• Expert TA (also known as classic or traditional TA ): TA performed by experts from different disciplines. It receives its input from stakeholders and other actors through written statements, reports and interviews, i.e. indirectly, not directly as in participatory TA.
  • Participatory TA (pTA) : TA that systematically and methodologically includes different social groups as reviewers and discussion participants. These can be individual actors such as citizens (laypeople), scientists or engineers. Classic pTA methods include consensus conferences, focus groups, scenario workshops, etc. Occasionally, pTA is further subdivided into two sub-types, depending on whether experts and stakeholders are involved (in English: expert-stakeholder pTA) or lay people (in English, public pTA).
  • Constructive TA (abbreviated CTA after the English term constructive TA): This TA concept, originally developed in the Netherlands and partly also applied in other countries, tries to influence the development of new technology through feedback from the TA. In contrast to the classic, reactive forms of TA, the CTA wants to do more than just assess traditional development practices through an impact assessment. Rather, social or ecological consequences, for example, should already be given more attention in the design process, i.e. actively included in the development.
  • Discursive TA or Argumentative TA : This type of TA tries to deepen the public discussion about science, technology and society. Sociopolitical conflicts about the introduction of new technologies should be presented and dealt with by relevant groups. Different people and organizations representing scientific, social and political positions (critics, supporters, experts, politicians, etc.) are involved in the process. The content of these discourses are not only local and current conflicts, but also general social technology controversies.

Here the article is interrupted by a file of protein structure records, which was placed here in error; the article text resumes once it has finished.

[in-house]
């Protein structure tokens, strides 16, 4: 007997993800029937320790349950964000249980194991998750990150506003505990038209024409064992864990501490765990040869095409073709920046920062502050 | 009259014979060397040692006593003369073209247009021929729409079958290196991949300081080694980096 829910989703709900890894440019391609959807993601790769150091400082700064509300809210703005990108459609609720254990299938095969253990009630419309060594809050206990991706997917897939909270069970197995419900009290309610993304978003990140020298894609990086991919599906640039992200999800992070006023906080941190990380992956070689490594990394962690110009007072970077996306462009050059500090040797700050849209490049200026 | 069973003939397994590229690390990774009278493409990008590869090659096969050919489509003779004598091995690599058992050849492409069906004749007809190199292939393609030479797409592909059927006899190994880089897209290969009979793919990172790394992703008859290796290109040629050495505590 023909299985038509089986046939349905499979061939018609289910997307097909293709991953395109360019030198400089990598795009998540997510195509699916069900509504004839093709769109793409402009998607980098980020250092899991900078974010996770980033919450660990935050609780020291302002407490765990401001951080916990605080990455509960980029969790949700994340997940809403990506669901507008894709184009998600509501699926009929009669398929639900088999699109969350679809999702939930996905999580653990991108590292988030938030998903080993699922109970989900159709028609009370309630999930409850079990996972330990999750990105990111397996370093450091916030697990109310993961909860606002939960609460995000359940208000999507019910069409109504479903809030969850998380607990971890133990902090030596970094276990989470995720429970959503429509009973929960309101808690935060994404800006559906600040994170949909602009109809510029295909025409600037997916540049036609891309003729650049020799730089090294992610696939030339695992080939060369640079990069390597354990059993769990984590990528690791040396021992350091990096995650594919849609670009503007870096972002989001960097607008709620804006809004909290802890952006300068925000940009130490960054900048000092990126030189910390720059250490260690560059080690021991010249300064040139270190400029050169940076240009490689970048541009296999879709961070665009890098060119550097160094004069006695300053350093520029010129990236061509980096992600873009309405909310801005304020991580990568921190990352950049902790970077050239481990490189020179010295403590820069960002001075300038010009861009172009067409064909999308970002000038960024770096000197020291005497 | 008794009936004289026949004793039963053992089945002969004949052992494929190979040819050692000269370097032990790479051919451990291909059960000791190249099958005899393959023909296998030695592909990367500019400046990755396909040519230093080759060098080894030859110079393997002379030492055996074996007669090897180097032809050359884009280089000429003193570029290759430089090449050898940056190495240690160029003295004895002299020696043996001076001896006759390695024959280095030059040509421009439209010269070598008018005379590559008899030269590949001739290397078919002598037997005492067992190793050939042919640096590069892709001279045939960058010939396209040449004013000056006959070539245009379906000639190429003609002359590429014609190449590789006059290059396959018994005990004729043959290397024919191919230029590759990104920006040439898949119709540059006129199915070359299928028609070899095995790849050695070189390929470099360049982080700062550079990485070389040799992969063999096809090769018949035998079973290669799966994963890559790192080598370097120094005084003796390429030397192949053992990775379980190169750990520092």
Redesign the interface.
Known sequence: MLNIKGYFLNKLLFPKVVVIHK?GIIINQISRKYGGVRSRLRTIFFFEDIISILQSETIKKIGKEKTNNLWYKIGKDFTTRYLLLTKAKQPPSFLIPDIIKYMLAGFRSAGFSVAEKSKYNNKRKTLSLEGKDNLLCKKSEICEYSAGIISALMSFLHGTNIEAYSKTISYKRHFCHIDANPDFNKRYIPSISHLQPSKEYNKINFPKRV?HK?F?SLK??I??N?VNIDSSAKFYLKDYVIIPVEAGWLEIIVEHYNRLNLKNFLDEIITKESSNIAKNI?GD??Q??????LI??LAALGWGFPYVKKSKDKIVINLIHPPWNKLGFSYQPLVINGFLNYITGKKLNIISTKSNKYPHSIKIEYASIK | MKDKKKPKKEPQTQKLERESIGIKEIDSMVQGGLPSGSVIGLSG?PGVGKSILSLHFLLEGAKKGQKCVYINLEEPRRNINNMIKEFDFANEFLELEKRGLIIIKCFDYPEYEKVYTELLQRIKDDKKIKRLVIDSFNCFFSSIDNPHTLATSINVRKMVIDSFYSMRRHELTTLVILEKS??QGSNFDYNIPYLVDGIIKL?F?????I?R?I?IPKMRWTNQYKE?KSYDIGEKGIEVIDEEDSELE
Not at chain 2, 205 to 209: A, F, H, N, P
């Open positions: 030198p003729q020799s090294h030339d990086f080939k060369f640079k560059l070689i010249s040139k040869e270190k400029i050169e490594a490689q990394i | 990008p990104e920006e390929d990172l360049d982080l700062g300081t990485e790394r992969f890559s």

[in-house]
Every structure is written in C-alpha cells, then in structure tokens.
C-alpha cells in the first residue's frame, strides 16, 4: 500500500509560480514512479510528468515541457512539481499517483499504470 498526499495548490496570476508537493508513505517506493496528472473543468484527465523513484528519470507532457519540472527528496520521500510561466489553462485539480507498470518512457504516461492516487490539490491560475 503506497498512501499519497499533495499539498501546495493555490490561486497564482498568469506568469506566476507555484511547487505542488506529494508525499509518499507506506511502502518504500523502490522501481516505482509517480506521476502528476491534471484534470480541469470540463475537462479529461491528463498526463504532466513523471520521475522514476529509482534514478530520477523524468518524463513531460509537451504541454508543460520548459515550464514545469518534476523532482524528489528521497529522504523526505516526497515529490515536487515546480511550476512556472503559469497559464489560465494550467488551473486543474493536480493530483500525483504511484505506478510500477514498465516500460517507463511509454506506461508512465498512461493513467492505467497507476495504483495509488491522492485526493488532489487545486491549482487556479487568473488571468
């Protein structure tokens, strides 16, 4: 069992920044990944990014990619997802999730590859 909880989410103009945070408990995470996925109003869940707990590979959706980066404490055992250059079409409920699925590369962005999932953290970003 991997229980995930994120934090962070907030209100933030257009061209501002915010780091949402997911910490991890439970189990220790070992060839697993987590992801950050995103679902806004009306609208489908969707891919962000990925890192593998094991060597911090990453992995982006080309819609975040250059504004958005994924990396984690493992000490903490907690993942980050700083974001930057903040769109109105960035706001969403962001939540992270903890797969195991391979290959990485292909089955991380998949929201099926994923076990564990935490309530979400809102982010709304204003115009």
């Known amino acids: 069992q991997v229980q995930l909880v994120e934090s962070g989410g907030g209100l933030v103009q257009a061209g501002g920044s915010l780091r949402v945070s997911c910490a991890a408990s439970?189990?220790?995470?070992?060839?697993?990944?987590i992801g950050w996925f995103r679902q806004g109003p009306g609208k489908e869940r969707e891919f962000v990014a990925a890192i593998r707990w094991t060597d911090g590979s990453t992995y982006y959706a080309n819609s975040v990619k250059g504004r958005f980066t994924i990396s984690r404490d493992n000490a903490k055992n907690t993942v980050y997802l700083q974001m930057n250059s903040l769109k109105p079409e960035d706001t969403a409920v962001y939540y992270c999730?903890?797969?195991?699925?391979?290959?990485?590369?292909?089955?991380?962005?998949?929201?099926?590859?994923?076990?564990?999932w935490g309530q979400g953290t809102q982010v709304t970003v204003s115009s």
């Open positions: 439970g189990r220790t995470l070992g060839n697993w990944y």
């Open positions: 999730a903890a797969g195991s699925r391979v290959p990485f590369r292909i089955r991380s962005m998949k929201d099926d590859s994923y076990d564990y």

• Medical TA (abbreviated HTA after the English Health Technology Assessment ): A specialized form of TA for the systematic evaluation of medical technologies, procedures and aids, but also organizational structures in which medical services are provided. Criteria such as effectiveness, safety and costs are examined, taking into account social, legal and ethical aspects.

Under TAR Technology Assessment & Risk, technology risks are also assessed in addition to technology in terms of opportunity. Genetic engineering should serve as an example: At the time (1990), it was still viewed and advertised as an opportunity with a great future, but the question of personalized (individual) genetic engineering medicine can no longer be advertised, since the application risks from practice discourage.

Methods and implementation

Depending on the type of technique or technology examined, a variety of different methods are usually used. B. Decision theory to apply. With literature research, document analyzes and expert surveys, initial insights can be gained as to which specialty areas need to be included in the investigation. Case studies, computer simulations and the development of scenarios can provide quantitative information on the expected impact. If the focus is on environmentally relevant aspects, such investigations are also referred to as " environmental impact assessments " (EIA). An assessment of the risks can also be carried out using public participation procedures.

The following procedure is conceivable for carrying out a TA study:

  1. Problem definition
  2. Description of the technology
  3. Exploring and describing side effects of the technology
  4. Description of those affected
  5. Prediction of social and other developments
  6. Reviews of the consequences
  7. Analysis of political options for action
  8. Generally understandable communication of the results

In view of the constant changes in the environment, in which consequences can occur, their forecast is subject to great uncertainty.

Topics from TA

The international discussion about TA research and TA counseling topics shows that there is no generally applicable concept for the design and implementation of TA studies. The diversity of technologies and new technological developments and their possible applications are reflected in the thematic breadth of the research and consulting landscape.